DES MOINES, IOWA — While the 1-2″ of rain that fell across central Iowa this week will allow for immediate drought conditions to improve, for the summer as a whole it could be a different story.
Right now, about 2% of the state – which includes three counties along the Missouri River (Woodbury, Plymouth, and Monona county) – are considered severely dry. The overall drought includes about one-third of Iowa and has slowly been improving since mid-March.
La Niña conditions are expected to persist throughout the summer months and lead to another expansion of the drought in Iowa. La Niña conditions mean that the temperatures along the equator in the Pacific Ocean are below average.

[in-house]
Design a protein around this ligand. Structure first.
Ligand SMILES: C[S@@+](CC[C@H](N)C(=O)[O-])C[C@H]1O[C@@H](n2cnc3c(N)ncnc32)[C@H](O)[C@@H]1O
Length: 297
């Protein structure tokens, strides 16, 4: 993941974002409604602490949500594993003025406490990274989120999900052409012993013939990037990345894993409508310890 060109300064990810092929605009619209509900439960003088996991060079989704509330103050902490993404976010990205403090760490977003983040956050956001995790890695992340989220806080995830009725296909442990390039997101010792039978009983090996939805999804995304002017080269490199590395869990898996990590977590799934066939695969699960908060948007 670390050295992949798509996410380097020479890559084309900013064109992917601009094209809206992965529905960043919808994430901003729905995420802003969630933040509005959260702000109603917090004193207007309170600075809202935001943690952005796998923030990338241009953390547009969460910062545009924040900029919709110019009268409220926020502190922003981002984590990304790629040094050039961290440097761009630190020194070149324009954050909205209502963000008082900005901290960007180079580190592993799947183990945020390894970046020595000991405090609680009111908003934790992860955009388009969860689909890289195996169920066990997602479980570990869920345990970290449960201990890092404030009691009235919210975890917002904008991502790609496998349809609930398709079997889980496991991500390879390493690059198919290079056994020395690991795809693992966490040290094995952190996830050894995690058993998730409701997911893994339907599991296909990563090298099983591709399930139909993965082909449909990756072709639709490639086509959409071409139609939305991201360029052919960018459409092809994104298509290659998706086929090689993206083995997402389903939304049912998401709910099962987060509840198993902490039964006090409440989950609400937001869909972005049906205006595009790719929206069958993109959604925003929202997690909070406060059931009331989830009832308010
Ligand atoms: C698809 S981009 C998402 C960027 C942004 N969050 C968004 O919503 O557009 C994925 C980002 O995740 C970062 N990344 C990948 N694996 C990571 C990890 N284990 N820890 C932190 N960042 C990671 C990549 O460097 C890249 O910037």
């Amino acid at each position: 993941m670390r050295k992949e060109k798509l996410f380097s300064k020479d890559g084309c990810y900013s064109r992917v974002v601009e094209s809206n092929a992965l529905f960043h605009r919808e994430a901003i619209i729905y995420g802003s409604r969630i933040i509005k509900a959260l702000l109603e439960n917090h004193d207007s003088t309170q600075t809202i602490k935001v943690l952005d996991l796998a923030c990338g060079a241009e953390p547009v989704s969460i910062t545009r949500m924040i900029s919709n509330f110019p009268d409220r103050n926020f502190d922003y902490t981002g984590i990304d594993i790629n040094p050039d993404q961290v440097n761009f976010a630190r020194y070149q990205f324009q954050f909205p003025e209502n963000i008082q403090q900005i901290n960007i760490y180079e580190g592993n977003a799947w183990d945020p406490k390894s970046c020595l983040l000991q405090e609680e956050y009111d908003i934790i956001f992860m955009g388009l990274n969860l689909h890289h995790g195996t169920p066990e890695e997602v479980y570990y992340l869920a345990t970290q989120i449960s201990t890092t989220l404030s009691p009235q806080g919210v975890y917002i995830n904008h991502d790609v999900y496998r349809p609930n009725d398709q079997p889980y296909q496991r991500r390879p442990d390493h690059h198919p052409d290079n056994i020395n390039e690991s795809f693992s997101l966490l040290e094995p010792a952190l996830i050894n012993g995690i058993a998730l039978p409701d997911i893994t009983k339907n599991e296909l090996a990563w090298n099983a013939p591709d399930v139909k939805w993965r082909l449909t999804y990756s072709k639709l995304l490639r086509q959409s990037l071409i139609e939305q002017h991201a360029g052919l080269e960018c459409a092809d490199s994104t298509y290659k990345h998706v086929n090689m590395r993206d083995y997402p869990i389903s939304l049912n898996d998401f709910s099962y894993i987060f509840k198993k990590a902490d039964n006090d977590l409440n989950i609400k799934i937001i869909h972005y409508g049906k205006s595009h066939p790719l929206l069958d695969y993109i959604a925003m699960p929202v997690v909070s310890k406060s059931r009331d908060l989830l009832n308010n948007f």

Strong winds push the warmer water toward Asia, which then causes colder water deeper in the ocean to rise to the surface. This typically leads to drier and warmer weather during the summer months across the Great Plains.
The Climate Prediction Center’s outlook for June, July and August 2022 shows a 40-50% chance of above-average temperatures and a 33-40% chance of below-average precipitation in Iowa.
This week’s drought monitor does not include any rain that fell after 8 AM on Tuesday, so we’ll likely see some improvement across Iowa in the drought monitor next week, but the drought is expected to expand across the state during the summer.